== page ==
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Orthoepy means the doctrine of correct pronunciation within a specific oral tradition. The term is from the Greek ὀρθοέπεια, from ὀρθός orthos "correct" and ἔπος epos "speech." The antonym is cacoepy "bad or wrong pronunciation". The pronunciation of the word orthoepy itself varies widely; the OED recognizes the variants /ˈɔːθəʊˌiːpi/, /ˈɔːθəʊˌɛpi/, /ˈɔːθəʊɨpi/, /ɔːˈθəʊɨpi/ for British English and /ɔrˈθoʊəpi/ for American English. The tetrasyllabic pronunciation is sometimes indicated with a diaresis, orthoëpy.
In English grammar, orthoepy is the study of correct pronunciation prescribed for Standard English. This is Received Pronunciation specifically, but other standards have emerged since the early 20th century (General American, General Australian).
In ancient Greek, ὀρθοέπεια orthoepeia had the wider sense of "correct diction" (cf. LSJ ad loc., or the etymology in the OED), i.e. the correct pronunciation not just of individual words but of entire passages, especially of poetry, and the distinction of good poetry vs. bad poetry; the archaic English term for this subject is orthology, and in this sense its opposite is solecism. The study of orthoepeia by the Greek sophists of the 5th century BC, especially Prodicus (c. 396 BC) and Protagoras, also included proto-logical concepts.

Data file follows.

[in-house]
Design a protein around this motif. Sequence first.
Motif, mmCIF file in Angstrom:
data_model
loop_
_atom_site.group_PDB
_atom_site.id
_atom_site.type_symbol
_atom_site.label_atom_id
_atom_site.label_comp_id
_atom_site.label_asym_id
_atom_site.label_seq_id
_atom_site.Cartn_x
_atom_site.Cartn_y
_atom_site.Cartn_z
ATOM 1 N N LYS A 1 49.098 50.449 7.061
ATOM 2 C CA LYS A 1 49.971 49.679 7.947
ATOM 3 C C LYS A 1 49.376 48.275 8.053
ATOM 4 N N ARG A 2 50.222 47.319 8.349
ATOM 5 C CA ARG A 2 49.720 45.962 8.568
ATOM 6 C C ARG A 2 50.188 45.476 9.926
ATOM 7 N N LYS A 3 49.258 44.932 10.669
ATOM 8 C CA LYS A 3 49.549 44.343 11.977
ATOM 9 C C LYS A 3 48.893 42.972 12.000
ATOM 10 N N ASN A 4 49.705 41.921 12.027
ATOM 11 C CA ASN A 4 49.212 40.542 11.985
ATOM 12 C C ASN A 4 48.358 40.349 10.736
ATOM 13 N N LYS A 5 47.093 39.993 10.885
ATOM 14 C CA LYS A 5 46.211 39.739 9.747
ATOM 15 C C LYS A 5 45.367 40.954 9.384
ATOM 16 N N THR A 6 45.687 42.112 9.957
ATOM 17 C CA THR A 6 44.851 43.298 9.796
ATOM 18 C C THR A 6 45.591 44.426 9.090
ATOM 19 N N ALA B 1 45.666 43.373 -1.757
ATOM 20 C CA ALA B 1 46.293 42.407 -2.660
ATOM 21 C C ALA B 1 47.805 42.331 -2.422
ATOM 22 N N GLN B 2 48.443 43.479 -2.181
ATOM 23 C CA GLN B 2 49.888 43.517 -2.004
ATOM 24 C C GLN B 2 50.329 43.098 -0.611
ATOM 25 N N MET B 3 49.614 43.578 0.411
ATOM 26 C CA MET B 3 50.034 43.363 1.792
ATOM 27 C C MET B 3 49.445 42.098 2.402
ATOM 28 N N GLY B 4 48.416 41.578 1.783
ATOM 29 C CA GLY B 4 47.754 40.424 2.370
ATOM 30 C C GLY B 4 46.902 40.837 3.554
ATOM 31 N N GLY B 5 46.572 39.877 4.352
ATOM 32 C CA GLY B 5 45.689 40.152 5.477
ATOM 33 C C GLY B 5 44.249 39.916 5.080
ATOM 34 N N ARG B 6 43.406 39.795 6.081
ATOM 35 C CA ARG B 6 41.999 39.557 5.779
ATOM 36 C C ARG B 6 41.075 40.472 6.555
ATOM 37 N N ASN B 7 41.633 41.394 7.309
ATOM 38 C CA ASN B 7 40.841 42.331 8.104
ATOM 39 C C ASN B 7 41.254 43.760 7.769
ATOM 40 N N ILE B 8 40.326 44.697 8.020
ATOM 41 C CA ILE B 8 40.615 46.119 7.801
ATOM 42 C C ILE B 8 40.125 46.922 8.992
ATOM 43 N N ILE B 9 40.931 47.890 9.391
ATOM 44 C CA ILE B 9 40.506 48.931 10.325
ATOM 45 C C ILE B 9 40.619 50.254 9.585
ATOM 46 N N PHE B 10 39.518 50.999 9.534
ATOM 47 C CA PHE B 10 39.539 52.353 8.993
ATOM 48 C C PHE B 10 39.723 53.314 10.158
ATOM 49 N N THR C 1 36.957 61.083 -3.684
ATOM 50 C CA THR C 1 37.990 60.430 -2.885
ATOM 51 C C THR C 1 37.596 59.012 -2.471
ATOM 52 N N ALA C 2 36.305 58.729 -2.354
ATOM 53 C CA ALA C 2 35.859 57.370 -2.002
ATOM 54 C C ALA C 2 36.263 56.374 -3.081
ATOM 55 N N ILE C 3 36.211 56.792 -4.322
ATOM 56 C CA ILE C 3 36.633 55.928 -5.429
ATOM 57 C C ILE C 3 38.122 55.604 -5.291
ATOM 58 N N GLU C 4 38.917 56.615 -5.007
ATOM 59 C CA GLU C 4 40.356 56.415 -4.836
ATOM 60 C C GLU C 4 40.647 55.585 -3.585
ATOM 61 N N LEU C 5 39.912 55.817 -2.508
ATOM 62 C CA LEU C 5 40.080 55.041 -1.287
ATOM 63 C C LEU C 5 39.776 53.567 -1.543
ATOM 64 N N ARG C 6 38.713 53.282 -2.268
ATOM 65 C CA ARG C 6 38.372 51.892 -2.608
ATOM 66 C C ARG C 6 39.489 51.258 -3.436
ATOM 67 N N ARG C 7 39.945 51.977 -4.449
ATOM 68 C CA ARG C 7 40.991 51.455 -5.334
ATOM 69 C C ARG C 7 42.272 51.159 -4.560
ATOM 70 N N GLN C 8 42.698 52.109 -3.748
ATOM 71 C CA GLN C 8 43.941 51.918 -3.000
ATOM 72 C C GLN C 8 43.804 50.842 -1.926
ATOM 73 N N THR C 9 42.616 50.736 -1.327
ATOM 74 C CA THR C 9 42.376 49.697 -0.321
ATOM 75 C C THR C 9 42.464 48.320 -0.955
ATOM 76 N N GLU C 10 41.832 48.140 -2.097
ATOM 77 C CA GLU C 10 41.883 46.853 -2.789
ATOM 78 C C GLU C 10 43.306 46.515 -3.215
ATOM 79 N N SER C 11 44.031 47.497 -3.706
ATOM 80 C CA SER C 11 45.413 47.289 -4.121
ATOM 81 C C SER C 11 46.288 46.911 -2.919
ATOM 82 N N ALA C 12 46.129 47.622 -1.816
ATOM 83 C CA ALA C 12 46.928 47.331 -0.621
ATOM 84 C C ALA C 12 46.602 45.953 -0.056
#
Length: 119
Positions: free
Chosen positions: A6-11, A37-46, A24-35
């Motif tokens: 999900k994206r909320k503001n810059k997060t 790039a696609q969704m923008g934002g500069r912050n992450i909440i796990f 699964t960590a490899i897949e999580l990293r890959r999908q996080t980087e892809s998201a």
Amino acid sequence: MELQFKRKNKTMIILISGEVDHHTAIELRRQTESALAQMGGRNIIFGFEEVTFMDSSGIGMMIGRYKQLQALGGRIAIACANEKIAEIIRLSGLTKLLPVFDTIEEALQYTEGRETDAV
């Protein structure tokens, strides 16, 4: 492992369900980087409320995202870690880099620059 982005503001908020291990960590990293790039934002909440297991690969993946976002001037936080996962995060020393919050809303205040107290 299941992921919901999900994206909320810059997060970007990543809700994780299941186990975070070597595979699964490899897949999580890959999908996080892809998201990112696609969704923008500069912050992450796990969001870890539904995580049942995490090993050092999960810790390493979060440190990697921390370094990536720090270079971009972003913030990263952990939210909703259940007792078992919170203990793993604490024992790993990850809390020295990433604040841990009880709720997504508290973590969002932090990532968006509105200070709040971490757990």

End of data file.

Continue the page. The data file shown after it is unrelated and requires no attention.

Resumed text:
Protagoras criticized Homer for making the word for "wrath" feminine (Aristotle, Sophistic Refutations 14) and for praying to the Muse with an imperative (ibid. Poetics 19). Plato depicts Protagoras criticizing the poet Simonides for contradicting himself, and then shows Socrates and Prodicus arguing to the contrary that Protagoras has conflated the senses of the words "be" and "become" (Protagoras 339a-340c). Aristophanes, in his comedy The Frogs, parodies such disputes by having Euripides and Aeschylus bicker over orthotes epeon.
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